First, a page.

Jose Luis Rodriguez Zapatero is not generally considered to be a firebrand. The Spanish prime minister seldom loses his temper. But on Tuesday, he was clearly perturbed as he stepped before reporters' microphones in Brussels. Rumors have been circulating on the financial markets that Spain will soon be making a request to euro-zone countries for aid similar to the kind recently offered Greece. "That is complete madness," Zapatero hissed.
But Zapatero's eruption did little to calm the markets -- indeed it may actually have fanned the flames of mistrust. Even the confirmation by the ratings agency Fitch that it was not downgrading Spanish debt did little to calm investors. In just a few hours of trading, risk premiums on credit default swaps for Spanish bonds jumped by 18 percent.
A rumor of unknown provenance, a nervous denial from a head of government -- it doesn't take much these days to stir up the financial markets. To make matters worse, the US ratings agency Moody's announced that it may downgrade Portuguese debt yet again.
Under Intense Pressure
The impression is growing that fewer and fewer investors are prepared to bet even a single cent on European sovereign bonds or on the euro. The mistrust is no longer limited to countries like Greece, Spain and Portugal. The problem has become much bigger: The entire European common currency has come under intense pressure.
On Tuesday night, the euro's value dropped below $1.30 for the first time since April 2009. On Thursday morning, it was trading below $1.28 -- and drifting downward. Experts like Ansgar Belke from the German Institute of Economic Research (DIW) predict that it could fall to $1.20, while analysts from the Bank of New York Mellon say it could drop to $1.10.
Other forecasts are even more dire. "I can easily imagine the euro reaching parity with the dollar by the end of the year, give the markets' tendency to exaggerate," says Anton Börner, president of the Federation of German Wholesale and Foreign Trade.
A devaluation of the euro does not, of course, represent a major problem. On the contrary, many have long been complaining about how expensive the euro had become relative to the dollar. Business in China had also suffered, given that the Chinese yuan is pegged to the dollar. That pressure is now dissipating. Indeed, aside from making trips to the US slightly more expensive for Europeans than they have been in the past, there are few disadvantages to a lower euro exchange rate.
But the dropping exchange rate is symptomatic of a phenomenon that does represent significant dangers to the European common currency. "The financial markets simply no longer have faith that Europe will be able to get its debt crisis under control," says Manfred Jäger, a financial market expert at the German Economic Institute in Cologne, says.
Mohamed El-Erian, a manager at Pimco, a global leader in the bond market, is even clearer, writing in the Financial Times that, while the €110 billion aid package agreed on by euro-zone countries together with the International Monetary Fund over the weekend may solve Greece's immediate liquidity problems, it will not solve the country's more fundamental solvency issues. Others fear that the money pledged to Athens won't even be enough to bridge the next three years.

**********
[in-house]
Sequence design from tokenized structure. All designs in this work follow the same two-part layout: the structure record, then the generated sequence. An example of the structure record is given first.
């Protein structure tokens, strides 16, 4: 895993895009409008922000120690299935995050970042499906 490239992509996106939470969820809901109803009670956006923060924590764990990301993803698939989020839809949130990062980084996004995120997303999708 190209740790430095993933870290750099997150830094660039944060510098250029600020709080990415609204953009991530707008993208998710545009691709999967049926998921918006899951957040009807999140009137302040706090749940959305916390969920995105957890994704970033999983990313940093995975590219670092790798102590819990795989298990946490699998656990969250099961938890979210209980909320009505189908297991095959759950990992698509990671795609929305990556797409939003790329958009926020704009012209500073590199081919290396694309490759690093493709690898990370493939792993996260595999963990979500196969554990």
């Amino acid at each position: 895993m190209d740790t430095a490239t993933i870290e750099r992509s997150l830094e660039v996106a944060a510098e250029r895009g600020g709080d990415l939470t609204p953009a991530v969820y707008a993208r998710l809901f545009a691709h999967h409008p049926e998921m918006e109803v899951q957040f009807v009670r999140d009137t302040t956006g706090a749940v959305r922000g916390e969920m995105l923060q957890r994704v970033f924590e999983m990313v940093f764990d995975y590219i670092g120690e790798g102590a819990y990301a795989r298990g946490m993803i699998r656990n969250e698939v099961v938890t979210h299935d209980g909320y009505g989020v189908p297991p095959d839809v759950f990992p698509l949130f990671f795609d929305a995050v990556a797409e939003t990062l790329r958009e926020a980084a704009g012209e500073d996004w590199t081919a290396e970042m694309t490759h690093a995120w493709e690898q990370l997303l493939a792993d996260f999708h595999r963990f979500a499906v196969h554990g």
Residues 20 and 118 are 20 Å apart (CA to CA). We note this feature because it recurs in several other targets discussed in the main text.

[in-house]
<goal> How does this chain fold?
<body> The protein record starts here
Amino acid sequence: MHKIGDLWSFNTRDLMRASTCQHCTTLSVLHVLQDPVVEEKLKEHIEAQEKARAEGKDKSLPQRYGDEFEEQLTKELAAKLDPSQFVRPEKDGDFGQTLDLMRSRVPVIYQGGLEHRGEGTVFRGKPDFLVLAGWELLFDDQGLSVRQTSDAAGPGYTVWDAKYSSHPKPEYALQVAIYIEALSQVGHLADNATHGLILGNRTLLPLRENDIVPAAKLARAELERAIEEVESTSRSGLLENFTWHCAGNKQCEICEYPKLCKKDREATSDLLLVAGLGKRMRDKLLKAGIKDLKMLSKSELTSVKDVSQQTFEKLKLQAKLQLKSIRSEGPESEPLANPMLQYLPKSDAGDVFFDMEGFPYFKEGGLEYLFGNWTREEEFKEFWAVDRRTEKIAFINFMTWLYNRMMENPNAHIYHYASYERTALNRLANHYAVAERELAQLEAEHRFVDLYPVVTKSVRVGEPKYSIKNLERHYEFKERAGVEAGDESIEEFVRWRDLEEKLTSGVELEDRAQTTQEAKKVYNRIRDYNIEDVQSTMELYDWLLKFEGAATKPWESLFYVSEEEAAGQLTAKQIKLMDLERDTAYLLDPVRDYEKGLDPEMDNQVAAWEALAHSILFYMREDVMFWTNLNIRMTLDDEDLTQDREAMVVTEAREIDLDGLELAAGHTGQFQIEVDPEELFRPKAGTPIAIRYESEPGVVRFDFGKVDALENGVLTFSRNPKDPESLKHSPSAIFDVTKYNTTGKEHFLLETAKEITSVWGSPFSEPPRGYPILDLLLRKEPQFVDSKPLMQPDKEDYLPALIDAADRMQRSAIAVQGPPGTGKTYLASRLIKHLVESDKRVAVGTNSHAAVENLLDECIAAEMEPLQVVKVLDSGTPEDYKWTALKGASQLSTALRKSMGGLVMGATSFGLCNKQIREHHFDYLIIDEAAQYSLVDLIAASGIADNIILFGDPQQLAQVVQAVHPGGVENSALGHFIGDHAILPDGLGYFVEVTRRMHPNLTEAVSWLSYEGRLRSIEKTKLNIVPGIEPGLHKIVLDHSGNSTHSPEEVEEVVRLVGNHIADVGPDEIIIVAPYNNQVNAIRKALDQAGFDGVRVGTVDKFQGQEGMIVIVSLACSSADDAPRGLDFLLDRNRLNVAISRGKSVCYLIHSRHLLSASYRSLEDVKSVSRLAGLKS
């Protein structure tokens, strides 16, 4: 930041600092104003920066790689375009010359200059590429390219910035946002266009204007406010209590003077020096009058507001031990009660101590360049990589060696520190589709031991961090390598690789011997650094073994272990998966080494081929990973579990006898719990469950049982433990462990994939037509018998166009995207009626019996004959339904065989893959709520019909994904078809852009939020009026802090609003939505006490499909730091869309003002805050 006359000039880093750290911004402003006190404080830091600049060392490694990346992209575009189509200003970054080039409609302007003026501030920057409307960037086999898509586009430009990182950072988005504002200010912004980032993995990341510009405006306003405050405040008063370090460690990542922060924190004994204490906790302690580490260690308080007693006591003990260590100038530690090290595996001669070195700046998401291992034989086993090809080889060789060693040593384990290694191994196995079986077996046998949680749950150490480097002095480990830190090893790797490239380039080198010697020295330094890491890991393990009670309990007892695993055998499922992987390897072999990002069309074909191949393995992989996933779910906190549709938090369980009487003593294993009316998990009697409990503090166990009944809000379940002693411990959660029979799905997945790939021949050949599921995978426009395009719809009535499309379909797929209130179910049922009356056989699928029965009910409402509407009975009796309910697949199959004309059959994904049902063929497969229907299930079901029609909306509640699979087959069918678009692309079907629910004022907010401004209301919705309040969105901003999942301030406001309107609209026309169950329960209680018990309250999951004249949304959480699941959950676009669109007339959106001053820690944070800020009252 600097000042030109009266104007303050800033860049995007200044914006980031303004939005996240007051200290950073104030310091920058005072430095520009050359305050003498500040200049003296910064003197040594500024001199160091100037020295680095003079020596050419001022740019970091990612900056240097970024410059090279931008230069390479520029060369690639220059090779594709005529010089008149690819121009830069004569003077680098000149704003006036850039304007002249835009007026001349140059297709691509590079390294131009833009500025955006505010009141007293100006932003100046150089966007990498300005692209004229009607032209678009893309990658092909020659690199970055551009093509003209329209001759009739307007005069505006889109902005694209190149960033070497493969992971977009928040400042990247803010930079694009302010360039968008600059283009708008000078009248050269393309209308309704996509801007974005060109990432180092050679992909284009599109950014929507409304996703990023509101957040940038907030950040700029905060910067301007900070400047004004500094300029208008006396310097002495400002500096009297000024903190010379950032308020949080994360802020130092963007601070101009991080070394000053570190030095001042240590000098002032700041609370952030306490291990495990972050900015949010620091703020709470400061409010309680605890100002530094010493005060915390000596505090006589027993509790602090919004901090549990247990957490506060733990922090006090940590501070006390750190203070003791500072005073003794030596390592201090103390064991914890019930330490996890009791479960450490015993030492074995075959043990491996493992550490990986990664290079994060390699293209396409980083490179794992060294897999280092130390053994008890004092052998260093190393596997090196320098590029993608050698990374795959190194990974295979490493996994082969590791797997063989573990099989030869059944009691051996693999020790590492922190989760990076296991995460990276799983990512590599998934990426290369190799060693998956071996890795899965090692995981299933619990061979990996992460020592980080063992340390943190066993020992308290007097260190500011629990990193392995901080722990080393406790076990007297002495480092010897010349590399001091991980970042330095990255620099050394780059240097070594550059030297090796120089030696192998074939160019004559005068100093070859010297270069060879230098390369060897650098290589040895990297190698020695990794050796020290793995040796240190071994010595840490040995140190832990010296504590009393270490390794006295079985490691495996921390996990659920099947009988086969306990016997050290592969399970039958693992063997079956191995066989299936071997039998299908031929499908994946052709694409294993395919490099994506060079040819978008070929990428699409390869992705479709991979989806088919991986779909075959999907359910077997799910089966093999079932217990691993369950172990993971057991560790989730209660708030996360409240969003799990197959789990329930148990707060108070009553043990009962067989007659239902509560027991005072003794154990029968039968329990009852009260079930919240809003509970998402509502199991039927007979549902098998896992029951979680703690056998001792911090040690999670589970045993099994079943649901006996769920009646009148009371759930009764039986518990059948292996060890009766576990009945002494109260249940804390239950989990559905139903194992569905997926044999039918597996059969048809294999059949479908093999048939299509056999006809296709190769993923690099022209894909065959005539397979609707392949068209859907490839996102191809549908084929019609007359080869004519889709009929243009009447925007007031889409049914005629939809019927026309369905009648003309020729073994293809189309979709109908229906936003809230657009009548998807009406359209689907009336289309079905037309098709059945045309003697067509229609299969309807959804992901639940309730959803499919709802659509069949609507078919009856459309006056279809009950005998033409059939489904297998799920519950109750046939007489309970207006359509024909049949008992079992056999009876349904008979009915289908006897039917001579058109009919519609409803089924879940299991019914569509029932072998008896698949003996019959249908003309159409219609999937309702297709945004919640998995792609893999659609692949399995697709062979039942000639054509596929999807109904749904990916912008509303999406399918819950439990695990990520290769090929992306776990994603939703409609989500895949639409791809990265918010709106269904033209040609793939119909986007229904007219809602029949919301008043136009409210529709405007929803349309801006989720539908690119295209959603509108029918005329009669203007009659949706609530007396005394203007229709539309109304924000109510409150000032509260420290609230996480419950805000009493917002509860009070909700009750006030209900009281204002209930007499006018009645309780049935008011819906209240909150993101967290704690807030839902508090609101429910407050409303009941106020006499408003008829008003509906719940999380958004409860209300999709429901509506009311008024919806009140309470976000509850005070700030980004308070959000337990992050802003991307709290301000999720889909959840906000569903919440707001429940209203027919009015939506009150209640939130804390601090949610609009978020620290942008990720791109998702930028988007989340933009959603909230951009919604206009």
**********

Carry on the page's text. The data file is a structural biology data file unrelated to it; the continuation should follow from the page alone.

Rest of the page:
Athens has announced numerous austerity measures to get Greece's yawning budget deficit under control -- the most recent package will be adopted by the Greek parliament on Thursday. Still, even as the government has said it will be saving up to €10 billion in 2013 and 2014, the Financial Times Deutschland is reporting that concrete plans for where the cuts are to be made have yet to be announced. A gap of €900 million for 2012 also remains to be filled. Whether Greeks will support the draconian savings measures also remains in doubt, given the rising intensity of the protests there.
Just how dramatic the situation has become can be seen by the decision of the European Central Bank to discard its own regulations and accept junk-rated government bonds from Greece as collateral for loans. "That is a blatant violation of its own rules," said Belke of the DIW. "Market actors will remember it for a long time."
The ECB is concerned that the current anxiety on the financial markets could ultimately become an uncontrollable panic threatening the survival of Europe's common currency. Axel Weber, president of Germany's national bank, the Bundesbank, warns that, were Greece to default, it would "represent a serious risk to the stability of the currency union and the financial system, given the current, fragile state of the markets." He says that such a scenario could result in the problem spreading to other euro-zone countries.
Many observers think that the ECB, at a regular scheduled meeting on Thursday, could decide to buy up more Greek bonds. Others predict that the ECB might have to come up with a plan to help other euro-zone countries currently facing difficulties -- like Spain. European banks, after all, own huge quantities of bonds from Greece and other wobbly euro-zone members.
Should the ECB follow such a path, it would be one of the last weapons available to ward off a Greek bankruptcy. And should it fail, the clouds hanging low over the euro would darken considerably.